Maybe that sentiment has been expressed previously and more elegantly by others, but it's my own personal motto. And so it was that after a weekend of basking in the glow of my Antiques Roadshow moment, I got back to work Monday morning, bravely struggling with the "enduit decorative a la chaux" that's going up in the dining room.
I don't know WHAT the heck to call the stuff in English. Babelfish is giving me "decorative lime coating", which sounds like something an innovative chef would put on orange roughy and serve with a purée of autumn vegetables.
The stuff looked great on the sample wall at the DIY store. And it seemed so easy to apply. You just spread it on , smooth it with a trowel and voila! Instant rustic charm à la française!
But of course, as with so many other things that seem easy, it hasn't been all that instant. First of all, I had to strip the walls and repair them. Then I had to put on a coat of textured base paint. And then finally I got to start applying the actual decorative coating.
It goes like this: You glop a heap of this fluffy, plastery stuff on the wall and spead it around. And then you fuss around with it for ages, trying to make it look like it was put on by a master artisan enduit-applier guy - the kind of guy whose ancestors were slathering a mixture of donkey dung and chalk onto the walls of their peasant neighbors back in the Dark Ages and making it look darn good, too.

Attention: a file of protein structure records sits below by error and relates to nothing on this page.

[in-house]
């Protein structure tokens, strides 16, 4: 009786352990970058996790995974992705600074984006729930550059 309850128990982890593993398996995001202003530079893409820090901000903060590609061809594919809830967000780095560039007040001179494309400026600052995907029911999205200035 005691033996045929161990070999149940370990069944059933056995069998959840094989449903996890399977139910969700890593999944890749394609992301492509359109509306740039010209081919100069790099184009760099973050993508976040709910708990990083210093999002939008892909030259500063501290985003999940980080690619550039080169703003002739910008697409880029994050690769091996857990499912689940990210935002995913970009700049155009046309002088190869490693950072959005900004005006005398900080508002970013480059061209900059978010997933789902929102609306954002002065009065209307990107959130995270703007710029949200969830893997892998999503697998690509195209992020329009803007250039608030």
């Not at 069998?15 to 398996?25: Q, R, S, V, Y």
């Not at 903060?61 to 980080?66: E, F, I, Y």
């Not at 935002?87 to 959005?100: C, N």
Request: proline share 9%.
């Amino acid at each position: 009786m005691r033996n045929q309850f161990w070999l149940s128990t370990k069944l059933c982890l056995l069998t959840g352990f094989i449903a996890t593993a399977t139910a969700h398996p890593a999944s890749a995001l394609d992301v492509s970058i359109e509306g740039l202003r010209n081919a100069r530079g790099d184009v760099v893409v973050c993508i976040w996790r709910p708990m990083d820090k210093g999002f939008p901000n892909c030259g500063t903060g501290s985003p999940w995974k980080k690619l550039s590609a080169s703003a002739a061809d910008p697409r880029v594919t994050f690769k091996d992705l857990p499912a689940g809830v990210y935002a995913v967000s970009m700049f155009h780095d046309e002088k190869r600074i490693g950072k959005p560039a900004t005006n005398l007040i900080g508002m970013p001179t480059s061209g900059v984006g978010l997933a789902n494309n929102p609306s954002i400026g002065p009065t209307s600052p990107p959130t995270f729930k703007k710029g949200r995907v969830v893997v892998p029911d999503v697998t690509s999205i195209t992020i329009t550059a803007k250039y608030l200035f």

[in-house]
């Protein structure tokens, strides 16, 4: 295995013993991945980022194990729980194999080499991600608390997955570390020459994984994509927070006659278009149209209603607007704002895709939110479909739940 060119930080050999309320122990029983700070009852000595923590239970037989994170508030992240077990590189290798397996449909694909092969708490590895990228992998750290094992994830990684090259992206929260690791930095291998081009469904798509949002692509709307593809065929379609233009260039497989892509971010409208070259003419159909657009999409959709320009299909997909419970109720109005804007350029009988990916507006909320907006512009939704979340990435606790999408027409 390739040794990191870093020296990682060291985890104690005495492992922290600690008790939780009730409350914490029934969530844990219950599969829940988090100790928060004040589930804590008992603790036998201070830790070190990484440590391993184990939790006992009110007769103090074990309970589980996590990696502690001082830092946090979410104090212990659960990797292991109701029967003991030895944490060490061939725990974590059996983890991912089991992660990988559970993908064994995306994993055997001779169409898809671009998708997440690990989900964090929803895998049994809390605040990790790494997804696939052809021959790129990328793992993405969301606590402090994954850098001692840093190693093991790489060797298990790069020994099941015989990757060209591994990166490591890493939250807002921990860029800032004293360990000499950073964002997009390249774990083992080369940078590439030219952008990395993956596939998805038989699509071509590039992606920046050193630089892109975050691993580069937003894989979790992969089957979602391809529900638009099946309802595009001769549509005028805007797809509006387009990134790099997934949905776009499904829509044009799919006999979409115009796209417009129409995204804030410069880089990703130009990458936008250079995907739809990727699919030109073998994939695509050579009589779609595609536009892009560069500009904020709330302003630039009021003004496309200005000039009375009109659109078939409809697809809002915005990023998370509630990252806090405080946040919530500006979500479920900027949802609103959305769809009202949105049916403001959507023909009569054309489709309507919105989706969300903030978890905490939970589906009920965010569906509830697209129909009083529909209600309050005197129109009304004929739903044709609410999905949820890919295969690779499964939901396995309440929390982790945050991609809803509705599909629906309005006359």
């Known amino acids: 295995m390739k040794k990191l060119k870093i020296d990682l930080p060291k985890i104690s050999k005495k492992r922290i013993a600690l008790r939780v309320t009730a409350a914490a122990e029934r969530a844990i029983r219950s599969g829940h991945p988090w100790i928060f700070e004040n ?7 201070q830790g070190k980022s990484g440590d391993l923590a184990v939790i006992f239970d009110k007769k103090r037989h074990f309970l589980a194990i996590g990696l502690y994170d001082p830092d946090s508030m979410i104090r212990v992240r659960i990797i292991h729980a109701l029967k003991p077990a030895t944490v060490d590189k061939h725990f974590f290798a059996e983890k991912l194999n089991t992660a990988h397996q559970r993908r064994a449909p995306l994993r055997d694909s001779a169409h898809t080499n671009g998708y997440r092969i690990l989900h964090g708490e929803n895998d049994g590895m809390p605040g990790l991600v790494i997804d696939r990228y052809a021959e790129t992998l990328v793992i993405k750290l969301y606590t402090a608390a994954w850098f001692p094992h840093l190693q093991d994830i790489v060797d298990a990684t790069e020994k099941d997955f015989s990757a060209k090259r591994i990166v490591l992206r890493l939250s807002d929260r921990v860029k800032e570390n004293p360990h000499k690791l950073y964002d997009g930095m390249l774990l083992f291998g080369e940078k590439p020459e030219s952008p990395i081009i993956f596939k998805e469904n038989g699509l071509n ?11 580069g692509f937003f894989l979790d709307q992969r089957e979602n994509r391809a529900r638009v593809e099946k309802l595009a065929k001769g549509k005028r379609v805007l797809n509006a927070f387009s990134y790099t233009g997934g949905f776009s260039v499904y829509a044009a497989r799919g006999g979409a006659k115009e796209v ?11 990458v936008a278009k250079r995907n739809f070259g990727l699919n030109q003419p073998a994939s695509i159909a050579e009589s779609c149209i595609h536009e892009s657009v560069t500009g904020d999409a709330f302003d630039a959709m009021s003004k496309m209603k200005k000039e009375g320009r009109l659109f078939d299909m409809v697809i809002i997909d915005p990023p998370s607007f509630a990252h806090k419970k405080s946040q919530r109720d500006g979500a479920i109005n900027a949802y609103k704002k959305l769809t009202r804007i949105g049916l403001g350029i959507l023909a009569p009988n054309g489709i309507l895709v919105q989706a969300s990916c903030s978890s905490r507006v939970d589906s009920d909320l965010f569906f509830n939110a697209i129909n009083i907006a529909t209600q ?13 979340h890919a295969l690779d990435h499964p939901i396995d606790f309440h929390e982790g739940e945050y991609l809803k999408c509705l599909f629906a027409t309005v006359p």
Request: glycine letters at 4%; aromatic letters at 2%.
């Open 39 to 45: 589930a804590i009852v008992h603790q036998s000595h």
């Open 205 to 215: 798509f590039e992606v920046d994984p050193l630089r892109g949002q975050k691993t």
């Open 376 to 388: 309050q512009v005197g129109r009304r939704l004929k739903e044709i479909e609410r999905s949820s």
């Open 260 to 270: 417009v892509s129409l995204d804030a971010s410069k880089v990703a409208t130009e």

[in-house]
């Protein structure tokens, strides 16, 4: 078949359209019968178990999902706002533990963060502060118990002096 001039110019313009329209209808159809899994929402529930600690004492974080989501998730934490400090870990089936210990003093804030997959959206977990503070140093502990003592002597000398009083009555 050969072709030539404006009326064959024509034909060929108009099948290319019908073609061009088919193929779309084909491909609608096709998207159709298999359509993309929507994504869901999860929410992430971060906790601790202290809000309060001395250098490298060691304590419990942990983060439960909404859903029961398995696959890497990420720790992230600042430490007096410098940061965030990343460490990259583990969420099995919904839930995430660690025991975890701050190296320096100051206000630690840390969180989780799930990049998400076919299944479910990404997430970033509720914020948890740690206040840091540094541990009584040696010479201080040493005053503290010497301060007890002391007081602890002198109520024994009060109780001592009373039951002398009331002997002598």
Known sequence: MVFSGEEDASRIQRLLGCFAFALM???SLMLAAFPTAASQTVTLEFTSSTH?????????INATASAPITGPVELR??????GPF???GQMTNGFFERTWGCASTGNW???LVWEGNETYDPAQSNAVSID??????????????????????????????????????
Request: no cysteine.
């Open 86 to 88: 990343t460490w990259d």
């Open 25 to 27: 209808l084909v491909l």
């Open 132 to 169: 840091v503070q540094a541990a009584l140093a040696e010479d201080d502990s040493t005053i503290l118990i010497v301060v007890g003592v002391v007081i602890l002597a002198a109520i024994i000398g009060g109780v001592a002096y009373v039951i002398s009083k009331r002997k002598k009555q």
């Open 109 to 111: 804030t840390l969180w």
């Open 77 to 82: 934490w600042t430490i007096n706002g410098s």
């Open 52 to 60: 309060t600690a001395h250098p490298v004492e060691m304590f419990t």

Elegantly masterful, yet nonchalantly casual.
After a hard morning slaving over a hot wall, I went out for a moment. While I was gone JP ventured into the dining room to give it a try.
He later reported, somewhat astonished: "It is VERY difficult!".
This is more than a little frustrating, as I only need a couple more litres to finish up with, but it only comes in one size, which is about twice as much as I need. And at 44 Euros a pop, it's not a small matter.
Once the stuff is all up and has dried for a day, I can start on the next stage: applying the wax coating. It gives the walls color (we chose a sort of natural peachy shade) and makes them washable.
After THAT, I'll put on a stencil border in cerulean blue.
Then after all that, I'm going to sit in my beautiful dining room and drink kir.
You are all invited.